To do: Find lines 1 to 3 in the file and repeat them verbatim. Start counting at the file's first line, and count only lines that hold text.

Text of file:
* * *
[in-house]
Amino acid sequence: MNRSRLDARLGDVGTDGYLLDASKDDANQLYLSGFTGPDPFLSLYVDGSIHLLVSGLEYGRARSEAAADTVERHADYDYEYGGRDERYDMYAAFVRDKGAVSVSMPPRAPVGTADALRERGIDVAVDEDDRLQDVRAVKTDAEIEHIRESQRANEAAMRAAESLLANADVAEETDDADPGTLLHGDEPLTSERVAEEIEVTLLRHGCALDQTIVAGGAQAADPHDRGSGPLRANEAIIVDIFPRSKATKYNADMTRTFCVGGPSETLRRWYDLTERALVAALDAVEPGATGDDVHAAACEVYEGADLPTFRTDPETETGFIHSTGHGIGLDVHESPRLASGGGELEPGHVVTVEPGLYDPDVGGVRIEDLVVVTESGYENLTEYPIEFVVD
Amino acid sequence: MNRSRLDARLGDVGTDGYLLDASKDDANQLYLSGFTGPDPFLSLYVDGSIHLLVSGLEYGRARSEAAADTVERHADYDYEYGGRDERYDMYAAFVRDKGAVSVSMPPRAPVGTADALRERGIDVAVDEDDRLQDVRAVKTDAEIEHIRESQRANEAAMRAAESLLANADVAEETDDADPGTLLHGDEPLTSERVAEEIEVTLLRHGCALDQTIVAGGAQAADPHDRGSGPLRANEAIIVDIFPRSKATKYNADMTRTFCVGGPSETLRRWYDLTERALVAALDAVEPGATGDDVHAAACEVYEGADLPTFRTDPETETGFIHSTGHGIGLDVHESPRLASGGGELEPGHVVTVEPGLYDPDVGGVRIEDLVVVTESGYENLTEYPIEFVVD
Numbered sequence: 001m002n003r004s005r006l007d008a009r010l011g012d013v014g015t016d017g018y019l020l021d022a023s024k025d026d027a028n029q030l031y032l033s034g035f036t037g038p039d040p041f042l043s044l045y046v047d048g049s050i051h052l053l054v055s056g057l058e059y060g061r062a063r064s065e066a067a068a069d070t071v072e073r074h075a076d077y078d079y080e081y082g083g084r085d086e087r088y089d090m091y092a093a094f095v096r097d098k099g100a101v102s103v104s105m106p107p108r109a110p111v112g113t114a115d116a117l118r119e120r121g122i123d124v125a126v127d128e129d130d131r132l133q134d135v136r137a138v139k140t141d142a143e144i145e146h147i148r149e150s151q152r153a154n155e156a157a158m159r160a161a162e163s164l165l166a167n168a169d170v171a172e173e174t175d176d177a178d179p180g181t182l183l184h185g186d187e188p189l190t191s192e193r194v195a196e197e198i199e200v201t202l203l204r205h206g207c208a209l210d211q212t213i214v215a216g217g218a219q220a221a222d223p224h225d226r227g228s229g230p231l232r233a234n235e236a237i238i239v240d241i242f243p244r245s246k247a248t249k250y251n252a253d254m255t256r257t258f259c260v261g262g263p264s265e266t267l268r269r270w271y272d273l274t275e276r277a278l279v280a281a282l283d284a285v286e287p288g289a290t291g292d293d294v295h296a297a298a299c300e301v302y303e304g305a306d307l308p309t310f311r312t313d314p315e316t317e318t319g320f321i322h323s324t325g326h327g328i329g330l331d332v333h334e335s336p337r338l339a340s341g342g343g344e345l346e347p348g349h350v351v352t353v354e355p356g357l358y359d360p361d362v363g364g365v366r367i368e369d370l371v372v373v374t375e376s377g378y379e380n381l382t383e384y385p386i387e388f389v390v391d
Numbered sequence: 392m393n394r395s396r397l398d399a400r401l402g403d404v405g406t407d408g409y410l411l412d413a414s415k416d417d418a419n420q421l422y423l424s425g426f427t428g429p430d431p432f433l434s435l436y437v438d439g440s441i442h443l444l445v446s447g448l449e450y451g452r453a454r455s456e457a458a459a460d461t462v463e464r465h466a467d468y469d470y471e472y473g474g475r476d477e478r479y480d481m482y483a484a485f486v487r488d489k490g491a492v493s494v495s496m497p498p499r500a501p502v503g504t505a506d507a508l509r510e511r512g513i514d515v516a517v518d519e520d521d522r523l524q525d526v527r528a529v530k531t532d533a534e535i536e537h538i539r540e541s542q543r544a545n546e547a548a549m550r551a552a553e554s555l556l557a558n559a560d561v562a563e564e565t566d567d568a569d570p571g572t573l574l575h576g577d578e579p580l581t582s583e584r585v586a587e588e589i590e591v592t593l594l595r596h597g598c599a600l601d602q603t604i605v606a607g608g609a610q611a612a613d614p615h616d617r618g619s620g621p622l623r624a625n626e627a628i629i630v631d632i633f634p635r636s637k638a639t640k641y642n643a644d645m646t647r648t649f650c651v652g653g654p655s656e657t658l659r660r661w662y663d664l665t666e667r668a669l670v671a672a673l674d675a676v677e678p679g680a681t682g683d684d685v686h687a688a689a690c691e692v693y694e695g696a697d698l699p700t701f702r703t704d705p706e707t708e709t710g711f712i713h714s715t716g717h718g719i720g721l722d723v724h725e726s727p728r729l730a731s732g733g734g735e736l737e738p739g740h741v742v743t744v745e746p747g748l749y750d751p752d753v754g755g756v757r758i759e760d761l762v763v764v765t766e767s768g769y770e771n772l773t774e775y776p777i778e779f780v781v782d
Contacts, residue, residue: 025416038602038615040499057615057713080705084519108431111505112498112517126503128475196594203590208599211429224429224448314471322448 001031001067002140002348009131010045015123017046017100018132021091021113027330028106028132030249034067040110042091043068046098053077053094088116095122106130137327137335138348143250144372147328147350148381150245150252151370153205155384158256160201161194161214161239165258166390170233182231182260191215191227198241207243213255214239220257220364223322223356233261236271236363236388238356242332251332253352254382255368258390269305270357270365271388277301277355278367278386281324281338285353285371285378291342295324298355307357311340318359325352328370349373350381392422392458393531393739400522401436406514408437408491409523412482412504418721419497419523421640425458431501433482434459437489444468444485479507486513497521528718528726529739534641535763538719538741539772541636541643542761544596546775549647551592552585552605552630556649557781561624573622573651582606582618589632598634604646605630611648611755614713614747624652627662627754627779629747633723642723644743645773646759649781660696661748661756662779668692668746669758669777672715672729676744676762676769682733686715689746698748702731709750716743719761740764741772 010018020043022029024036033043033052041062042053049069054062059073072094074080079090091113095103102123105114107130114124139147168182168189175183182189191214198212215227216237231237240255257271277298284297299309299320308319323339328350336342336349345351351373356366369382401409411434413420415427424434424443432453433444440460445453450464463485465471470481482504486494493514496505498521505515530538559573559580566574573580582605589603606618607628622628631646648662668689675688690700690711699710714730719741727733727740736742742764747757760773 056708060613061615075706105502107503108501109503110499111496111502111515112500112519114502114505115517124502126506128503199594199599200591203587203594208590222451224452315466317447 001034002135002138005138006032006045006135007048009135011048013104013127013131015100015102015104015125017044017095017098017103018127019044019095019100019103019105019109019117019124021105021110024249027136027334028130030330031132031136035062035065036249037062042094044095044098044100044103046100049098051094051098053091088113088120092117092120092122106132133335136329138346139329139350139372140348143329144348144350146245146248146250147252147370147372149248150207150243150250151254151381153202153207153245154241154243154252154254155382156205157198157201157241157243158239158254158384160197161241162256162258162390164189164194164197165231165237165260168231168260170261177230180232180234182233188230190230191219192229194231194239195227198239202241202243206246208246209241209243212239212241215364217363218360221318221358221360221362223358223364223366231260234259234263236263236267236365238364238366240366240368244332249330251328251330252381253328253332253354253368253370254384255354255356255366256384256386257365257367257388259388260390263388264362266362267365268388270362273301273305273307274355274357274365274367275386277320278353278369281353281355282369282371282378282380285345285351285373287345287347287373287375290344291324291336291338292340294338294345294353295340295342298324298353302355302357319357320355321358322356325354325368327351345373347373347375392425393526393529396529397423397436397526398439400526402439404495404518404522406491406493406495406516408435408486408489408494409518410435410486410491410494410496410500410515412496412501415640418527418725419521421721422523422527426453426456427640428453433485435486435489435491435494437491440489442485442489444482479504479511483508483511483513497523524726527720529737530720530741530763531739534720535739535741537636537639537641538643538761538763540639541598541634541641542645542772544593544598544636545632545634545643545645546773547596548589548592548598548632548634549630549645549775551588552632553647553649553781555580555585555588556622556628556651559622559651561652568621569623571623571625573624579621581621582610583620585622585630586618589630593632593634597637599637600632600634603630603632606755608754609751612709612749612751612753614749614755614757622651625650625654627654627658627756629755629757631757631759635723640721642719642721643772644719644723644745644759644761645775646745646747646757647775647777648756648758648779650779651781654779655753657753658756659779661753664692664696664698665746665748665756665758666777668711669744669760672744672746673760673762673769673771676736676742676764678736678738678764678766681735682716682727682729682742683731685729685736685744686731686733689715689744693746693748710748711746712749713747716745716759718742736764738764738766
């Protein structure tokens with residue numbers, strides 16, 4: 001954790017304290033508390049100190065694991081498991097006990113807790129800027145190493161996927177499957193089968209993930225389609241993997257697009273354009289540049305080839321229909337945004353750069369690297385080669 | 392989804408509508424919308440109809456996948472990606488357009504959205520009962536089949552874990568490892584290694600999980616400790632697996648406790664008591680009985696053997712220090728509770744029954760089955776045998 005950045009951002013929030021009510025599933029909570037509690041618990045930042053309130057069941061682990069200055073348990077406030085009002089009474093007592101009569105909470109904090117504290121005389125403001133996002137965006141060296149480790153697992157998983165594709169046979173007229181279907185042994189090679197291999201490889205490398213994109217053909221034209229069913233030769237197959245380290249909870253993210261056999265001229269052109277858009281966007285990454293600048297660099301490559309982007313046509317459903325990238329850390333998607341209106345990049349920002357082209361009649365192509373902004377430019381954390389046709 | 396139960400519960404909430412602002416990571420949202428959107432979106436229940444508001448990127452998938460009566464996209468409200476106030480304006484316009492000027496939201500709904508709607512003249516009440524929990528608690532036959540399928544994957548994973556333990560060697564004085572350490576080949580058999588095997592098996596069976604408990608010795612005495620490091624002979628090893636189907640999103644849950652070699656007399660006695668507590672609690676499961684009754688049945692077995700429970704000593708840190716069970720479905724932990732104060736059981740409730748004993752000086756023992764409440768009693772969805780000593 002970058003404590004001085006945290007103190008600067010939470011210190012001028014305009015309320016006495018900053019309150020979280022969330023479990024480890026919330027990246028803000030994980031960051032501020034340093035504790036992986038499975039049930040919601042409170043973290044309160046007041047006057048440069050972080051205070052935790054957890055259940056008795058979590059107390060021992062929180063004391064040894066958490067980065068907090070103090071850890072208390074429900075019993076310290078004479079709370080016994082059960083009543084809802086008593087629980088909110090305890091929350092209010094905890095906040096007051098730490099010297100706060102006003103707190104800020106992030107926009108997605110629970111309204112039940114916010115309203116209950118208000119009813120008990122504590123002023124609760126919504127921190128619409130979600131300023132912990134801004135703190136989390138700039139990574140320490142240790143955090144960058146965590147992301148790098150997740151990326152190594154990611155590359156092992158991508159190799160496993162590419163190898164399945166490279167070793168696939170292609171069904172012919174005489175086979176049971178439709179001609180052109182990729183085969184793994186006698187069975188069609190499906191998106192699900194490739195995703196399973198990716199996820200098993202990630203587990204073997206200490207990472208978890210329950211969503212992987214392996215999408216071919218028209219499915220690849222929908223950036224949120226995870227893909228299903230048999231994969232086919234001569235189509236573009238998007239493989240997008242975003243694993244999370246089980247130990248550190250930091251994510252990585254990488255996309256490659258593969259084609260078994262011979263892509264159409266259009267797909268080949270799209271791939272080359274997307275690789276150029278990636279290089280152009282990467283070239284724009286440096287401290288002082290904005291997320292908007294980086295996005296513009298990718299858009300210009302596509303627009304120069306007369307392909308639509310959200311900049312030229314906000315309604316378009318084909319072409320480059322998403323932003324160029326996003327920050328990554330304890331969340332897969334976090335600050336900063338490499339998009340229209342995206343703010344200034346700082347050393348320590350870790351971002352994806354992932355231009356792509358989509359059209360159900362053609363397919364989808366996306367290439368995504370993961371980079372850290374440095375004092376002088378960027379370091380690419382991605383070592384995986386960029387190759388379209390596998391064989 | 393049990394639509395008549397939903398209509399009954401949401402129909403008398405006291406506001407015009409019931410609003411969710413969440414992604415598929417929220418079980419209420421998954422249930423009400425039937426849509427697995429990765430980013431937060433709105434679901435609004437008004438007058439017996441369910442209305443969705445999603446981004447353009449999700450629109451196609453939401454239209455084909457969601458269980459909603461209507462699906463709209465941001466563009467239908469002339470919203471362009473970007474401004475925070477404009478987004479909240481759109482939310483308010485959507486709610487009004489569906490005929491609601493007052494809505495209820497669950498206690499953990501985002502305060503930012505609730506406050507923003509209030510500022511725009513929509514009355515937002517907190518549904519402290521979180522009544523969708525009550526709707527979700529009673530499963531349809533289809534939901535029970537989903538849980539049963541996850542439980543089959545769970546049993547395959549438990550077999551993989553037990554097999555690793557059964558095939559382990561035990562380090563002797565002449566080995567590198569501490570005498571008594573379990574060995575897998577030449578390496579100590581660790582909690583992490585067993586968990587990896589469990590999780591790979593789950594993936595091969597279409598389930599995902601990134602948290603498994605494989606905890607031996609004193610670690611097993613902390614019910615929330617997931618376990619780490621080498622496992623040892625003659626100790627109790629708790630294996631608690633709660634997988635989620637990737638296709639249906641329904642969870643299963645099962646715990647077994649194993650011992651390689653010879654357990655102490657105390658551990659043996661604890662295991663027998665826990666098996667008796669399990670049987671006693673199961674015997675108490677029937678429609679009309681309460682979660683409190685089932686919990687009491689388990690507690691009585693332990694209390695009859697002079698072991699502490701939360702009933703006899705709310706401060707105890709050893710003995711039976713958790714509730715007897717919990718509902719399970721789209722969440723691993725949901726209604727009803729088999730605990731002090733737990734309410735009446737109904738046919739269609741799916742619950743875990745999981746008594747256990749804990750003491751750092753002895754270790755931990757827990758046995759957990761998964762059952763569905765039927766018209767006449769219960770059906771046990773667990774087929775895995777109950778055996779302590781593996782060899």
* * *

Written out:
[in-house]
Amino acid sequence: MNRSRLDARLGDVGTDGYLLDASKDDANQLYLSGFTGPDPFLSLYVDGSIHLLVSGLEYGRARSEAAADTVERHADYDYEYGGRDERYDMYAAFVRDKGAVSVSMPPRAPVGTADALRERGIDVAVDEDDRLQDVRAVKTDAEIEHIRESQRANEAAMRAAESLLANADVAEETDDADPGTLLHGDEPLTSERVAEEIEVTLLRHGCALDQTIVAGGAQAADPHDRGSGPLRANEAIIVDIFPRSKATKYNADMTRTFCVGGPSETLRRWYDLTERALVAALDAVEPGATGDDVHAAACEVYEGADLPTFRTDPETETGFIHSTGHGIGLDVHESPRLASGGGELEPGHVVTVEPGLYDPDVGGVRIEDLVVVTESGYENLTEYPIEFVVD
Amino acid sequence: MNRSRLDARLGDVGTDGYLLDASKDDANQLYLSGFTGPDPFLSLYVDGSIHLLVSGLEYGRARSEAAADTVERHADYDYEYGGRDERYDMYAAFVRDKGAVSVSMPPRAPVGTADALRERGIDVAVDEDDRLQDVRAVKTDAEIEHIRESQRANEAAMRAAESLLANADVAEETDDADPGTLLHGDEPLTSERVAEEIEVTLLRHGCALDQTIVAGGAQAADPHDRGSGPLRANEAIIVDIFPRSKATKYNADMTRTFCVGGPSETLRRWYDLTERALVAALDAVEPGATGDDVHAAACEVYEGADLPTFRTDPETETGFIHSTGHGIGLDVHESPRLASGGGELEPGHVVTVEPGLYDPDVGGVRIEDLVVVTESGYENLTEYPIEFVVD